Subject(s)
Antigenic Variation/immunology , Birds , Genetic Variation , Influenza A Virus, H7N9 Subtype/genetics , Influenza in Birds/virology , Animals , China , Influenza A Virus, H7N9 Subtype/immunology , Phylogeny
3.
Intern Emerg Med ; 17(2): 359-367, 2022 03.
Article in English | MEDLINE | ID: covidwho-1270539

ABSTRACT

The relationship between COVID-19 severity and viral load is unknown. Our objective was to assess the association between viral load and disease severity in COVID-19. In this single center observational study of adults with laboratory confirmed SARS-CoV-2, the first positive in-hospital nasopharyngeal swab was used to calculate the log10 copies/ml [log10 copy number (CN)] of SARS-CoV-2. Four categories based on level of care and modified sequential organ failure assessment score (mSOFA) at time of swab were determined. Median log10CN was compared between different levels of care and mSOFA quartiles. Median log10CN was compared in patients who did and did not receive influenza vaccine, and the correlation between log10CN and D-dimer was examined. We found that of 396 patients, 54.3% were male, and 25% had no major comorbidity. Hospital mortality was 15.7%. Median mSOFA was 2 (IQR 0-3). Median log10CN was 5.5 (IQR 3.3-8.0). Median log10CN was highest in non-intubated ICU patients [6.4 (IQR 4.4-8.1)] and lowest in intubated ICU patients [3.6 (IQR 2.6-6.9)] (p value < 0.01). In adjusted analyses, this difference remained significant [mean difference 1.16 (95% CI 0.18-2.14)]. There was no significant difference in log10CN between other groups in the remaining pairwise comparisons. There was no association between median log10CN and mSOFA in either unadjusted or adjusted analyses or between median log10CN in patients with and without influenza immunization. There was no correlation between log10CN and D-dimer. We conclude, in our cohort, we did not find a clear association between viral load and disease severity in COVID-19 patients. Though viral load was higher in non-intubated ICU patients than in intubated ICU patients there were no other significant differences in viral load by disease severity.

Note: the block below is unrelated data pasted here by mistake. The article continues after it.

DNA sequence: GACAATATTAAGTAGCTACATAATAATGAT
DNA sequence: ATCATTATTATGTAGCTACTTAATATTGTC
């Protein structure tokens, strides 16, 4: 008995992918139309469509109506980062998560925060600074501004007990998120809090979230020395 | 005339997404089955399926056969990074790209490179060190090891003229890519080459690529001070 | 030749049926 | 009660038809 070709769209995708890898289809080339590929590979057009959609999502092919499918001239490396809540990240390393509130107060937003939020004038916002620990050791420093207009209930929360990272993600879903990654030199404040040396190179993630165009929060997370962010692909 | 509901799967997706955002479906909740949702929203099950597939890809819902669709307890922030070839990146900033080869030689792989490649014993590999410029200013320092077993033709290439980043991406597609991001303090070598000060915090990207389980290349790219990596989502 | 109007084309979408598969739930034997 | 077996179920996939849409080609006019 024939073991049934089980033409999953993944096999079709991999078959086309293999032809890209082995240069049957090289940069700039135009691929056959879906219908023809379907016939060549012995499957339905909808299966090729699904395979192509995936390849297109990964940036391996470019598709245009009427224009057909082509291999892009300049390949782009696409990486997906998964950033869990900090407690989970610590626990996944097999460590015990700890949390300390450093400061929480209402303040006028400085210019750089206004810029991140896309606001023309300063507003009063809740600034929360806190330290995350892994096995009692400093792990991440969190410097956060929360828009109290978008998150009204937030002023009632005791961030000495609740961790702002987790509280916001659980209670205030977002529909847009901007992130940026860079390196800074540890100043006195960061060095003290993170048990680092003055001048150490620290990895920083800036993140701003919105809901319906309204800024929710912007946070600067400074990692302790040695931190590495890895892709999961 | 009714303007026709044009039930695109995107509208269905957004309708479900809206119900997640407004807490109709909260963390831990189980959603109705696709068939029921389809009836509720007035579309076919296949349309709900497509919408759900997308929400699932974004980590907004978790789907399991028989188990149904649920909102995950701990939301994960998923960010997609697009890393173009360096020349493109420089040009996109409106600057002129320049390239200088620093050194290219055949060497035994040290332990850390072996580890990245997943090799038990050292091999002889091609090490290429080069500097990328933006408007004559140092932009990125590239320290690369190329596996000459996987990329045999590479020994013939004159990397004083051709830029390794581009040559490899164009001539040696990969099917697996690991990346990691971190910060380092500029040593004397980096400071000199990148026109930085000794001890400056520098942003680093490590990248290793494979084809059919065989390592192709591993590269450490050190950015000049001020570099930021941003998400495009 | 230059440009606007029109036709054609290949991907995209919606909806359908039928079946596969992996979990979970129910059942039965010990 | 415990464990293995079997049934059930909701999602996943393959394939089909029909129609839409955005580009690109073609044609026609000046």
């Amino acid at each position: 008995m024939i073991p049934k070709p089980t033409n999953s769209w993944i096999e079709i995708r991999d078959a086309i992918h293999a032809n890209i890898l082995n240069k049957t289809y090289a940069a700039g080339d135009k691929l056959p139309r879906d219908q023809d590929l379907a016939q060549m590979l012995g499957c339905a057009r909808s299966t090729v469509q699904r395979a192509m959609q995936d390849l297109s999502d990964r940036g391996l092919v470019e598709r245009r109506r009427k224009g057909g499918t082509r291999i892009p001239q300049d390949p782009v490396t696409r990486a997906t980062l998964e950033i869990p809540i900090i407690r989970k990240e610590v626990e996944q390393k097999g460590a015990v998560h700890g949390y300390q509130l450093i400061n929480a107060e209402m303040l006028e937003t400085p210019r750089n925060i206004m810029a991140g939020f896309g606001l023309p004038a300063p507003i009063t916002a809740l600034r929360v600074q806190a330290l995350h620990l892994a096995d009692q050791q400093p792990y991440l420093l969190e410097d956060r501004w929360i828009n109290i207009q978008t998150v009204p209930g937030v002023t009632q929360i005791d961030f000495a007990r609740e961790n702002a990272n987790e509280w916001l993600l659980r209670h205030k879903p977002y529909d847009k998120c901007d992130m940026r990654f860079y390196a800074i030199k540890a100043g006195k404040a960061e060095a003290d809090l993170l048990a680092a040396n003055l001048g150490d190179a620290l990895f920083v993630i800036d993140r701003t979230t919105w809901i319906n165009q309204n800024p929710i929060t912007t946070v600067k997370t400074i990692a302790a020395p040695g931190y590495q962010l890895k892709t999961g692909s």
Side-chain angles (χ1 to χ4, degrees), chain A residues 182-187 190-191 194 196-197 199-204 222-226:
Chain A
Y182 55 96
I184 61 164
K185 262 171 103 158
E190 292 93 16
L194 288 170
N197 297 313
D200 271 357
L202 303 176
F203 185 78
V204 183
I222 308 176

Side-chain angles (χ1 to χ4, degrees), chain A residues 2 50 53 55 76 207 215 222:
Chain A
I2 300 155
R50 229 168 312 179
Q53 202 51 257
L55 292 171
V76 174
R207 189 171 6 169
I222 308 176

Subject(s)
COVID-19 , Adult , Hospital Mortality , Humans , Male , SARS-CoV-2 , Severity of Illness Index , Viral Load